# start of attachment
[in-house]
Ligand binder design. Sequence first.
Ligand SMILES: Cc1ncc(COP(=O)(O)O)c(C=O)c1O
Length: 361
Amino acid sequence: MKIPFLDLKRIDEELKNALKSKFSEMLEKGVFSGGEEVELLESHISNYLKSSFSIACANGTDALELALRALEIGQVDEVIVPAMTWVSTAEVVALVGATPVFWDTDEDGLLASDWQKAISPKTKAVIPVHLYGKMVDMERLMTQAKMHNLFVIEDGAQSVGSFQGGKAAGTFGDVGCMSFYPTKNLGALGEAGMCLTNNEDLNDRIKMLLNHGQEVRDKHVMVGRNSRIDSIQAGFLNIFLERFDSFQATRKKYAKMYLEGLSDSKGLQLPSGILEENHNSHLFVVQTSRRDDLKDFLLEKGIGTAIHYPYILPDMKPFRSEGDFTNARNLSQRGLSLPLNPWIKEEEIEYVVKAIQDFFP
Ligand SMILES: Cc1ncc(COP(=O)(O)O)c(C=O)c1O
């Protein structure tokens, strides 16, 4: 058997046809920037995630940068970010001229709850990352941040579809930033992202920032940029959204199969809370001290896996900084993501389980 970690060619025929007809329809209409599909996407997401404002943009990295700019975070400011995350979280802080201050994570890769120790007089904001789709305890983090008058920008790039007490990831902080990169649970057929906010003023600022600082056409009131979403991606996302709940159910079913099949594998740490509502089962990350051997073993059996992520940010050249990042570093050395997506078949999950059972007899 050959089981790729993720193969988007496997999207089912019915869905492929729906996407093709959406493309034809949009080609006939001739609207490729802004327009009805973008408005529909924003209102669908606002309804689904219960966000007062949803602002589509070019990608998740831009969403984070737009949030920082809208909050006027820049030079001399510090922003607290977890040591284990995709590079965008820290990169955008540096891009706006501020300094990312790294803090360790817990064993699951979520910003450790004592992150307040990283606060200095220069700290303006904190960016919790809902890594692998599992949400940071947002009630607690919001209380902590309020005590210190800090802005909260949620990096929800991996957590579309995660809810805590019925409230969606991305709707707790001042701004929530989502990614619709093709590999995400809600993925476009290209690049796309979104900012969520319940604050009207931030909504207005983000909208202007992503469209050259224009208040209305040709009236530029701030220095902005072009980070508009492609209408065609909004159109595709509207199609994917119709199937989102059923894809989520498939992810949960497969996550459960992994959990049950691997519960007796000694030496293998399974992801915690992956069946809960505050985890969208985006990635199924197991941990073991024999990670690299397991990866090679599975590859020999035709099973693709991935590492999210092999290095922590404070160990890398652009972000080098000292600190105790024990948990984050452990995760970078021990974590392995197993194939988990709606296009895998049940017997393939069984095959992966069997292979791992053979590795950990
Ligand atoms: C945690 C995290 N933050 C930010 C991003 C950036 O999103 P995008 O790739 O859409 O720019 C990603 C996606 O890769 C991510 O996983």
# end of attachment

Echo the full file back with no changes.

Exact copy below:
[in-house]
Ligand binder design. Sequence first.
Ligand SMILES: Cc1ncc(COP(=O)(O)O)c(C=O)c1O
Length: 361
Amino acid sequence: MKIPFLDLKRIDEELKNALKSKFSEMLEKGVFSGGEEVELLESHISNYLKSSFSIACANGTDALELALRALEIGQVDEVIVPAMTWVSTAEVVALVGATPVFWDTDEDGLLASDWQKAISPKTKAVIPVHLYGKMVDMERLMTQAKMHNLFVIEDGAQSVGSFQGGKAAGTFGDVGCMSFYPTKNLGALGEAGMCLTNNEDLNDRIKMLLNHGQEVRDKHVMVGRNSRIDSIQAGFLNIFLERFDSFQATRKKYAKMYLEGLSDSKGLQLPSGILEENHNSHLFVVQTSRRDDLKDFLLEKGIGTAIHYPYILPDMKPFRSEGDFTNARNLSQRGLSLPLNPWIKEEEIEYVVKAIQDFFP
Ligand SMILES: Cc1ncc(COP(=O)(O)O)c(C=O)c1O
């Protein structure tokens, strides 16, 4: 058997046809920037995630940068970010001229709850990352941040579809930033992202920032940029959204199969809370001290896996900084993501389980 970690060619025929007809329809209409599909996407997401404002943009990295700019975070400011995350979280802080201050994570890769120790007089904001789709305890983090008058920008790039007490990831902080990169649970057929906010003023600022600082056409009131979403991606996302709940159910079913099949594998740490509502089962990350051997073993059996992520940010050249990042570093050395997506078949999950059972007899 050959089981790729993720193969988007496997999207089912019915869905492929729906996407093709959406493309034809949009080609006939001739609207490729802004327009009805973008408005529909924003209102669908606002309804689904219960966000007062949803602002589509070019990608998740831009969403984070737009949030920082809208909050006027820049030079001399510090922003607290977890040591284990995709590079965008820290990169955008540096891009706006501020300094990312790294803090360790817990064993699951979520910003450790004592992150307040990283606060200095220069700290303006904190960016919790809902890594692998599992949400940071947002009630607690919001209380902590309020005590210190800090802005909260949620990096929800991996957590579309995660809810805590019925409230969606991305709707707790001042701004929530989502990614619709093709590999995400809600993925476009290209690049796309979104900012969520319940604050009207931030909504207005983000909208202007992503469209050259224009208040209305040709009236530029701030220095902005072009980070508009492609209408065609909004159109595709509207199609994917119709199937989102059923894809989520498939992810949960497969996550459960992994959990049950691997519960007796000694030496293998399974992801915690992956069946809960505050985890969208985006990635199924197991941990073991024999990670690299397991990866090679599975590859020999035709099973693709991935590492999210092999290095922590404070160990890398652009972000080098000292600190105790024990948990984050452990995760970078021990974590392995197993194939988990709606296009895998049940017997393939069984095959992966069997292979791992053979590795950990
Ligand atoms: C945690 C995290 N933050 C930010 C991003 C950036 O999103 P995008 O790739 O859409 O720019 C990603 C996606 O890769 C991510 O996983």